Search 75,647 tutors
0 0

## Mathematica Project - Position, Velocity, and Acceleration - plotting

Mathematica Project - Position, Velocity and Acceleration

A rocket is fired vertically upward into the air from a launching platform 100 ft above the ground. The platform is then retracted, and the rocket is allowed to fall to the ground.

The height (in ft) of the rocket relative to the ground t seconds after launch is given by:

s(t)=-16t^2+80t+100

1) Using Mathematica, define a function s(t).
2) Find the average velocity for t=1 ∈[1,2].

3) Find the velocity function, v(t). You'll want to define this as a function in Mathematica as well, so that you can refer to it easily later.

4) Find the instantaneous velocity at t=2s. How does this velocity compare with the average velocity you found in problem 2? Explain.

5) Find the equation of the line tangent to (s)t at t=2, and plot both this line and s(t) on one set of coordinate axes. Is your line actually tangent to the curve? Does the slope look right?

6) When does the rocket reach its highest point, and what is the velocity then?

7) Use Mathematica's NSolve command to find out when the rocket lands. What is its velocity when it hits the ground?

8) Plot s(t) and v(t) together on one set of coordinate axes. What do you notice about v(t) when s(t) is increasing? What about when s(t) is decreasing? At its maximum?

9) Find the acceleration function, a(t). What are the units for acceleration in this problem? Why is a(t) always negative, and what does it tell you about the velocity in this problem?

10) Notice that, on the way up, the rocket's velocity is positive, and its acceleration is negative. Is the rocket speeding up or slowing down? On the way down, both the velocity and acceleration are negative. Is the rocket speeding up or slowing down then?

1) The function is quadratic, describes parabola opened down because its first coefficient is negative (-16).

2) The average speed is defined as a total distance divided by total time.

The total distnace (when 1≤t≤2) is the difference traveled between 1st abd 2nd seconds:

h =  s(2) - s(1) = 32 ft

where s(1) = -16 +80 +100 = 164ft and s(2) = -16x4 +80x2 +100 = 196 ft (direction is still the same).

Thus, the average speed is 32ft/sec

3) The velocity function is a derivative of s(t) and equals

v(t) = -32t + 80

4) Instanteneous speed at t=2 sec is therefore 16 ft/s (-32x2 +80), which is twicw slower compared with

the average speed in 2);

5) Tangent of the line at t=2 sec to the curve s(t) is the value of speed at that moment of time. We just found it

v(2) = 16 ft/sec

The equation of the tangent line should be like

y(t) = 16t + b

Because y(2) = s(2) = 196, then b = 196-32 =164 ft. Thus,

y(t) = 16t +164

6) The rocket reaches at its maximum point after

t = -(-80/32) = 2.5 seconds

And maximum height is s max = 200 ft

7)  It reaches the grond after

t = sqrt(2x200/32) = 3.54 seconds

8) The acceleration is always the same = - 32ft/sec2 I(directed downward).

9) The rocket is slowing dwon when it moves upward and accelerates when

goes down (speed and acceleration have the same direction in this case)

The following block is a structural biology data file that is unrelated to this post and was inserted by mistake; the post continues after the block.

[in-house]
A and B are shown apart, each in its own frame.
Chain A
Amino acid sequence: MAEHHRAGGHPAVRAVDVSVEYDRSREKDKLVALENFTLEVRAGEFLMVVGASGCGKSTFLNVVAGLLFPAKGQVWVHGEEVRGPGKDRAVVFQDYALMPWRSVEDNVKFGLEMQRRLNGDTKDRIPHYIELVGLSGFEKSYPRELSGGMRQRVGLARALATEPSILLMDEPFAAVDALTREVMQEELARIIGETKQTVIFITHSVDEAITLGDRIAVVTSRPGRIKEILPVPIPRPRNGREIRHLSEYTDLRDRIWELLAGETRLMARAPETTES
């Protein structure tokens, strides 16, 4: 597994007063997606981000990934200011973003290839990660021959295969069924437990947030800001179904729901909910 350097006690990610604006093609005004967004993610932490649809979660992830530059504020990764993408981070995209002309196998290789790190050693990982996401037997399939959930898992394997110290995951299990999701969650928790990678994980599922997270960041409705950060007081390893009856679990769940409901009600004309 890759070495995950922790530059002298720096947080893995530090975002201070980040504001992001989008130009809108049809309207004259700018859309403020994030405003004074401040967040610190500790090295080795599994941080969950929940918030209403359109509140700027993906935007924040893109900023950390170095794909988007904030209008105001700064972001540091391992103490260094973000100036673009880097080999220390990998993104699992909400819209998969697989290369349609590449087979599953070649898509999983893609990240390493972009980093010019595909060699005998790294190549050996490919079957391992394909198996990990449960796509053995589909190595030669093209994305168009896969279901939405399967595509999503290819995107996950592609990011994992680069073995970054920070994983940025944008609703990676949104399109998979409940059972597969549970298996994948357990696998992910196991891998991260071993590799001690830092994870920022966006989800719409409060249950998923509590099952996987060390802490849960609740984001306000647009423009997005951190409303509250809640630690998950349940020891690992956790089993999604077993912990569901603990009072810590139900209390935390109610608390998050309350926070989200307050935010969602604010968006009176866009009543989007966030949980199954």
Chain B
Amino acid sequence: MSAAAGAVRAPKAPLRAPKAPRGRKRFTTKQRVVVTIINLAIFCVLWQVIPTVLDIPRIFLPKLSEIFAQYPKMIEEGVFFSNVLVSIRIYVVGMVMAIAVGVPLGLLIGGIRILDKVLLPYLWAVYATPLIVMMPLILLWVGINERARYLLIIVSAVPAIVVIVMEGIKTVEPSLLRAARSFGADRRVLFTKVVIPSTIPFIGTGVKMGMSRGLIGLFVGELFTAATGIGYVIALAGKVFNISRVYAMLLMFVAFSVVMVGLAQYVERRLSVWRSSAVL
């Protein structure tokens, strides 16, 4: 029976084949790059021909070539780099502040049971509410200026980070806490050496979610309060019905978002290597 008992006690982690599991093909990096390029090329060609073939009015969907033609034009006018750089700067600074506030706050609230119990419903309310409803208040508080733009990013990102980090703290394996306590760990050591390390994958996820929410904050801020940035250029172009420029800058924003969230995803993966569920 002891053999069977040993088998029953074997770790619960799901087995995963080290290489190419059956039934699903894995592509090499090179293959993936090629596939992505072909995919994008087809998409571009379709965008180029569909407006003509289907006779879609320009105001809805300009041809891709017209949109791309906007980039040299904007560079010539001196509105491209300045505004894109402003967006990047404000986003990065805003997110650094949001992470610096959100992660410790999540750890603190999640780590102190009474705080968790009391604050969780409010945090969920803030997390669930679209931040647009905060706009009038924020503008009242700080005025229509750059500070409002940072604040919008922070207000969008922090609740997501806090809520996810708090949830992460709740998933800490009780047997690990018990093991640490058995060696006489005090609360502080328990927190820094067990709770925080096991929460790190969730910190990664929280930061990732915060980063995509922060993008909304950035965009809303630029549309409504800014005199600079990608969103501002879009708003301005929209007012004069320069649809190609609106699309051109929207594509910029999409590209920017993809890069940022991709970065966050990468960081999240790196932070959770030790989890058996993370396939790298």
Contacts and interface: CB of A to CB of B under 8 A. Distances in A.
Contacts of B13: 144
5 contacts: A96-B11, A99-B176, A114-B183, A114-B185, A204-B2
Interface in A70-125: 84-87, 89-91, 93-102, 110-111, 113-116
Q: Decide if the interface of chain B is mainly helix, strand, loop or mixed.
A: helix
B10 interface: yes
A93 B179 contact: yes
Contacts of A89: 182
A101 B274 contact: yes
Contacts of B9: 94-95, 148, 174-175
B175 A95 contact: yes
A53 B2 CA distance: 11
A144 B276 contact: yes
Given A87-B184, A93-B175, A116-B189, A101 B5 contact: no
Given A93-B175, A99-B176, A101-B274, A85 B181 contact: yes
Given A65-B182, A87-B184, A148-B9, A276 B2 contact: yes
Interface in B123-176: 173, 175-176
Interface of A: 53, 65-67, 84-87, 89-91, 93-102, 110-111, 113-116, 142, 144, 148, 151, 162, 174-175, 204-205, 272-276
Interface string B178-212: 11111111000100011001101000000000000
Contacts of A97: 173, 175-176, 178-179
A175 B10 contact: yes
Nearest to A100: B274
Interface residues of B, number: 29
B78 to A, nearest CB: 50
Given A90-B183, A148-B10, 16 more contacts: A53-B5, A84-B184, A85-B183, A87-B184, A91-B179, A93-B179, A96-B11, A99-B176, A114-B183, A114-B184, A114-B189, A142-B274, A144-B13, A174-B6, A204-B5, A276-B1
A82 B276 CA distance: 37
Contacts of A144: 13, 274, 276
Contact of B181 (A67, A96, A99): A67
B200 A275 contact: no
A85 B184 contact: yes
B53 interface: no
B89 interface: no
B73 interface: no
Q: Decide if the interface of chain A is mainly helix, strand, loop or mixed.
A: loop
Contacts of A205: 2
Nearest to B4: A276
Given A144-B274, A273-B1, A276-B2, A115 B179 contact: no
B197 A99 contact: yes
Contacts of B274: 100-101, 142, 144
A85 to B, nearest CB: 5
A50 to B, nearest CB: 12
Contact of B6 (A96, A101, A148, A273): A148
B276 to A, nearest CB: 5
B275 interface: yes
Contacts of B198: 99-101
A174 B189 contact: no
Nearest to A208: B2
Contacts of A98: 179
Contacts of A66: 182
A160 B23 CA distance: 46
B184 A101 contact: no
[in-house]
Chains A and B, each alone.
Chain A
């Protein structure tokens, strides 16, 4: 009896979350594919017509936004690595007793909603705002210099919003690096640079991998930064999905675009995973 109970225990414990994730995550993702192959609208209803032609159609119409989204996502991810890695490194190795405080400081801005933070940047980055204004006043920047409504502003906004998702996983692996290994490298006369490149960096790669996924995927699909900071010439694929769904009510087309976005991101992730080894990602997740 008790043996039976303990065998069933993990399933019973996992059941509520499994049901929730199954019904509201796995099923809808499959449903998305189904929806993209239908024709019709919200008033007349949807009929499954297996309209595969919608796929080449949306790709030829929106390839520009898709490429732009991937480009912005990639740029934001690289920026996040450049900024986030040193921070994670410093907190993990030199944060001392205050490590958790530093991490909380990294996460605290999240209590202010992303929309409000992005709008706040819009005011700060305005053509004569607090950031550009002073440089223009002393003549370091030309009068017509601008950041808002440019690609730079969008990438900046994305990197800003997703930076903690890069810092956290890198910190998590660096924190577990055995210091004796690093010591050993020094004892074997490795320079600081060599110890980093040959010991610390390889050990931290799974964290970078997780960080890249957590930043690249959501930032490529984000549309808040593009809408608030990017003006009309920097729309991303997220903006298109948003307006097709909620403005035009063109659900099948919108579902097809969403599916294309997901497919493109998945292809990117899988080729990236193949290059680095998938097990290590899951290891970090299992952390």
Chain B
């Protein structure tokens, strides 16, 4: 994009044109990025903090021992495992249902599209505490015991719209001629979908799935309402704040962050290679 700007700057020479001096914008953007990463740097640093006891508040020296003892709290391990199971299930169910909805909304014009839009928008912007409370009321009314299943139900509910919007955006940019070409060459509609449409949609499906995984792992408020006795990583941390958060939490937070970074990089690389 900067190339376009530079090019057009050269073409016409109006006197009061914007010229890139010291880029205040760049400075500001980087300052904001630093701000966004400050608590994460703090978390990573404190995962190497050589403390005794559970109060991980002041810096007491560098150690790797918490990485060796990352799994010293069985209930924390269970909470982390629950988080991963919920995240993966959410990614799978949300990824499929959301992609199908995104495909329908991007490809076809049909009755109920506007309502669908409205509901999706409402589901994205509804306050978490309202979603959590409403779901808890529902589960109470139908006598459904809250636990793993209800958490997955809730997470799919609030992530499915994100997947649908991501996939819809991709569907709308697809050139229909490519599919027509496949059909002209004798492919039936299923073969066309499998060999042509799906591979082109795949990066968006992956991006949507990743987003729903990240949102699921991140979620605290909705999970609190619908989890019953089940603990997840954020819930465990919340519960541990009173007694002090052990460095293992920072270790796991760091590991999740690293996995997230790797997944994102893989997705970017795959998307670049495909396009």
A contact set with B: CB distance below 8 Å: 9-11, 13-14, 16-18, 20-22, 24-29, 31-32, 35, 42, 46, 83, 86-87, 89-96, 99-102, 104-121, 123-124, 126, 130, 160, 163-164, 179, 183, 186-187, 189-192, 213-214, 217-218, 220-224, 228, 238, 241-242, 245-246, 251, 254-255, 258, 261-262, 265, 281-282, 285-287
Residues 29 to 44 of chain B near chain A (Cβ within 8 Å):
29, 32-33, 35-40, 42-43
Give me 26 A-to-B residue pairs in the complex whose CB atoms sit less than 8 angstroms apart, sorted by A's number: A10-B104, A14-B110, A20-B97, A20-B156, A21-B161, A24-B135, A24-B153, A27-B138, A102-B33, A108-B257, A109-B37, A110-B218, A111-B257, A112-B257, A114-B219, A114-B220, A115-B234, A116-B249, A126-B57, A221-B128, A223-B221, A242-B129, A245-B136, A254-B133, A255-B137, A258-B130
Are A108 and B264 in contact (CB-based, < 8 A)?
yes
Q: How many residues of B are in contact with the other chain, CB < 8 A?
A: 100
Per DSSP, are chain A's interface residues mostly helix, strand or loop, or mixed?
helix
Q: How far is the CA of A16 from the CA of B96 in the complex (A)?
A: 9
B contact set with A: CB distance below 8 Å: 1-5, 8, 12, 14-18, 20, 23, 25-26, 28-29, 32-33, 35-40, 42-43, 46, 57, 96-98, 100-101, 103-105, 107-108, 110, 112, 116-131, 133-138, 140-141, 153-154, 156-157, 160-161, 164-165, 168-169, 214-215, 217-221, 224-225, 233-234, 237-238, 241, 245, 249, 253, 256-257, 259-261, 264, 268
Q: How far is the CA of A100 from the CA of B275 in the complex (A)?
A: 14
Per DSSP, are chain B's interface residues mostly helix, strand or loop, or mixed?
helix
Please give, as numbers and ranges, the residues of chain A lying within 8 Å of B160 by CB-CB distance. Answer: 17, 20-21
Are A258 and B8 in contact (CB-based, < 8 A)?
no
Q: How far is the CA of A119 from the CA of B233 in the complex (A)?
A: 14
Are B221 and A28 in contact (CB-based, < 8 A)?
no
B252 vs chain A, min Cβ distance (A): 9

You can use you software to plot the graphs required. Good luck!

s(2) = 100 + 80(2) - 16(2)2 = 100 + 160 - 64 = 196 ft

s(1) = 100 + 80(1) - 16(1)2 = 100 + 80 - 16 = 164 ft

Average Velocity = vavg = [s(2) - s(1)]/(2 - 1) = 32 ft/s

Power rule: d/dt (tn) = n*tn-1

v(t) = ds/dt = d/dt (100 + 80t - 16t2) = 80*t0 - 2*16*t1 = 80 - 32t

v(1) = 80 - 32(1) = 48 ft/s

v(2) = 80 - 32(2) = 80 - 64 = 16 ft/s

vavg = [v(1) + v(2)]/2 =  (48 + 16)/2 = 32 ft/s

Tangent: T(2) = v(2)*(t - 2) + s(2) = 16(t - 2) + 196 = 16t - 32 + 196 = 16t + 164

For maximum altitude, set v(t) equal to 0.

v(t) = 80 - 32t = 0.

t = 80/32 = 2.5 s

Peak Altitude = smax = s(2.5) = 100 + 80(2.5) - 16(2.5)2 = 100 + 200 - 100 = 200 ft

I don't know Mathematics, but I do know that the rocket lands when s(t) = 0.

100 + 80t - 16t2 = 0

timp = [-80 - sqrt(802 - 4*100*(-16))]/(2*(-16)) = 6.0355 s

Impact Velocity = v(timp) = 80 - 32(6.0355) = -113.136 ft/s (downward)

v(t) and speed decreases as s(t) increases. As s(t) decreases, speed increases but v(t) decreases. That is because the rocket is accelerating in the opposite direction.

a(t) = dv/dt = -32 ft/s2

The acceleration is negative because the acceleration is due to gravity. The velocity is decreasing even when the speed increases due to direction.

The rocket is slowing down while ascending, but speeding up while descending.

Good hearing from you, Jasha -- here's the breakdown:

height= -16t^2 +80t +100 ... velocity= -32t +80 ,,, acceleration= -32 ... at t=0, height= 100, v= 80, a= -32

Physically at launch, ht is 100ft above ground & initial speed is 80ft/s UP, with constant a= 32ft/s/s DOWN due to gravity ... every second, the velocity negates by 32ft/s ==> 80(0), 48(1), 16(2), zero at peak(2.5s), -32(3.5), -64(4.5), -80(5) when 100ft above ground ... notice after the peak at 2.5s, the minus sign means DOWN as the rocket falls 32ft/s faster each second due to constant gravity.

Ave velocity= ds/dt where "d" means change ... at t=1, s(1)= 180-16= 164ft, average v(1)= s(1)-s(0)/(t1-t0) Ave velocity= 164-100/1= 64ft/s.

instant v(2)= 80-64= 16 ft/s ... because of gravity, v is slowing ..... the "tangent" of s(t) is the slope  of the height function, which indicates how the ht is changing per second, which is the instant  v(t).

Finally, at t=5, the rocket is still 100ft above ground and falling at 80ft/sec. When does it touch the ground? s(t) should be 0= -16t^2 +80t +100 ... answer would be a little more than 6 seconds ... Regards, sir :)